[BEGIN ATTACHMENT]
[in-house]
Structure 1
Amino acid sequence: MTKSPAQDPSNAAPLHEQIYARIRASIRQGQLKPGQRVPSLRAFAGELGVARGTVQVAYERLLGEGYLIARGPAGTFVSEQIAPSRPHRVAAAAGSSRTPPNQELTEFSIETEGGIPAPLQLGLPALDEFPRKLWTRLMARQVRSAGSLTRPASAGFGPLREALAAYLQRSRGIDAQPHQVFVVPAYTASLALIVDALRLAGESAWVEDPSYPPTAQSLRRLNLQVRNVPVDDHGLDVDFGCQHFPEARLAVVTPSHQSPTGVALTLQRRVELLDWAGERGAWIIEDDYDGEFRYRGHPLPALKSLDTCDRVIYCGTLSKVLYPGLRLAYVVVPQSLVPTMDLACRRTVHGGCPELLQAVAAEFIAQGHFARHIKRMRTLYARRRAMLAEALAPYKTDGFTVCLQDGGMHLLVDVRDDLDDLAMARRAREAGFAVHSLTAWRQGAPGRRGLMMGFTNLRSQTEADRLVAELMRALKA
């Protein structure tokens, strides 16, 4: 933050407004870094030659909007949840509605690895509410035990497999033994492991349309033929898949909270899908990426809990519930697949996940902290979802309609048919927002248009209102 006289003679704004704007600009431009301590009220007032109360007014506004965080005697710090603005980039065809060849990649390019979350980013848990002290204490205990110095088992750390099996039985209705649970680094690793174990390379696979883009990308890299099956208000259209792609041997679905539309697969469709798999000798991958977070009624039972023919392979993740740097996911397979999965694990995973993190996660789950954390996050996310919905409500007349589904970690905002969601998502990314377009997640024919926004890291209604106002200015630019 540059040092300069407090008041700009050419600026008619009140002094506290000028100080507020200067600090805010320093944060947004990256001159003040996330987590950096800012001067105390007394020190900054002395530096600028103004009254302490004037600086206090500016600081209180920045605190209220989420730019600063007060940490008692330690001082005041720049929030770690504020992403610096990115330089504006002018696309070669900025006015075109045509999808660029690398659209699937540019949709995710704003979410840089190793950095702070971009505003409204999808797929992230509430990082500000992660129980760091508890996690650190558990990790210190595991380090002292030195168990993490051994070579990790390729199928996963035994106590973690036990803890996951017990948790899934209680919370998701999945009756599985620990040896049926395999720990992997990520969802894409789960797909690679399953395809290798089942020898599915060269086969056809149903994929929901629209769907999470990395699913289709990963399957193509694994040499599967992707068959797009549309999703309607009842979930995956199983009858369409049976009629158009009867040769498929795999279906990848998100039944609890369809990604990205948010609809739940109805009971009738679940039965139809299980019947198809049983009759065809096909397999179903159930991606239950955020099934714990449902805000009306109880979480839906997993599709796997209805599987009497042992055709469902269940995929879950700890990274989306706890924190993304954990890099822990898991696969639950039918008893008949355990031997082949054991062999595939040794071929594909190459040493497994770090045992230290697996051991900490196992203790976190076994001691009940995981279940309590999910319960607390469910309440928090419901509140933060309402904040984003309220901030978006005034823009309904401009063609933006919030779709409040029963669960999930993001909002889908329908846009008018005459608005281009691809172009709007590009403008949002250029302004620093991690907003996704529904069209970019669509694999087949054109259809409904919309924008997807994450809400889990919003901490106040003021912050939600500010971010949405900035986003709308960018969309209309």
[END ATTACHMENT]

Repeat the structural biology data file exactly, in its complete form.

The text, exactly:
[in-house]
Structure 1
Amino acid sequence: MTKSPAQDPSNAAPLHEQIYARIRASIRQGQLKPGQRVPSLRAFAGELGVARGTVQVAYERLLGEGYLIARGPAGTFVSEQIAPSRPHRVAAAAGSSRTPPNQELTEFSIETEGGIPAPLQLGLPALDEFPRKLWTRLMARQVRSAGSLTRPASAGFGPLREALAAYLQRSRGIDAQPHQVFVVPAYTASLALIVDALRLAGESAWVEDPSYPPTAQSLRRLNLQVRNVPVDDHGLDVDFGCQHFPEARLAVVTPSHQSPTGVALTLQRRVELLDWAGERGAWIIEDDYDGEFRYRGHPLPALKSLDTCDRVIYCGTLSKVLYPGLRLAYVVVPQSLVPTMDLACRRTVHGGCPELLQAVAAEFIAQGHFARHIKRMRTLYARRRAMLAEALAPYKTDGFTVCLQDGGMHLLVDVRDDLDDLAMARRAREAGFAVHSLTAWRQGAPGRRGLMMGFTNLRSQTEADRLVAELMRALKA
């Protein structure tokens, strides 16, 4: 933050407004870094030659909007949840509605690895509410035990497999033994492991349309033929898949909270899908990426809990519930697949996940902290979802309609048919927002248009209102 006289003679704004704007600009431009301590009220007032109360007014506004965080005697710090603005980039065809060849990649390019979350980013848990002290204490205990110095088992750390099996039985209705649970680094690793174990390379696979883009990308890299099956208000259209792609041997679905539309697969469709798999000798991958977070009624039972023919392979993740740097996911397979999965694990995973993190996660789950954390996050996310919905409500007349589904970690905002969601998502990314377009997640024919926004890291209604106002200015630019 540059040092300069407090008041700009050419600026008619009140002094506290000028100080507020200067600090805010320093944060947004990256001159003040996330987590950096800012001067105390007394020190900054002395530096600028103004009254302490004037600086206090500016600081209180920045605190209220989420730019600063007060940490008692330690001082005041720049929030770690504020992403610096990115330089504006002018696309070669900025006015075109045509999808660029690398659209699937540019949709995710704003979410840089190793950095702070971009505003409204999808797929992230509430990082500000992660129980760091508890996690650190558990990790210190595991380090002292030195168990993490051994070579990790390729199928996963035994106590973690036990803890996951017990948790899934209680919370998701999945009756599985620990040896049926395999720990992997990520969802894409789960797909690679399953395809290798089942020898599915060269086969056809149903994929929901629209769907999470990395699913289709990963399957193509694994040499599967992707068959797009549309999703309607009842979930995956199983009858369409049976009629158009009867040769498929795999279906990848998100039944609890369809990604990205948010609809739940109805009971009738679940039965139809299980019947198809049983009759065809096909397999179903159930991606239950955020099934714990449902805000009306109880979480839906997993599709796997209805599987009497042992055709469902269940995929879950700890990274989306706890924190993304954990890099822990898991696969639950039918008893008949355990031997082949054991062999595939040794071929594909190459040493497994770090045992230290697996051991900490196992203790976190076994001691009940995981279940309590999910319960607390469910309440928090419901509140933060309402904040984003309220901030978006005034823009309904401009063609933006919030779709409040029963669960999930993001909002889908329908846009008018005459608005281009691809172009709007590009403008949002250029302004620093991690907003996704529904069209970019669509694999087949054109259809409904919309924008997807994450809400889990919003901490106040003021912050939600500010971010949405900035986003709308960018969309209309």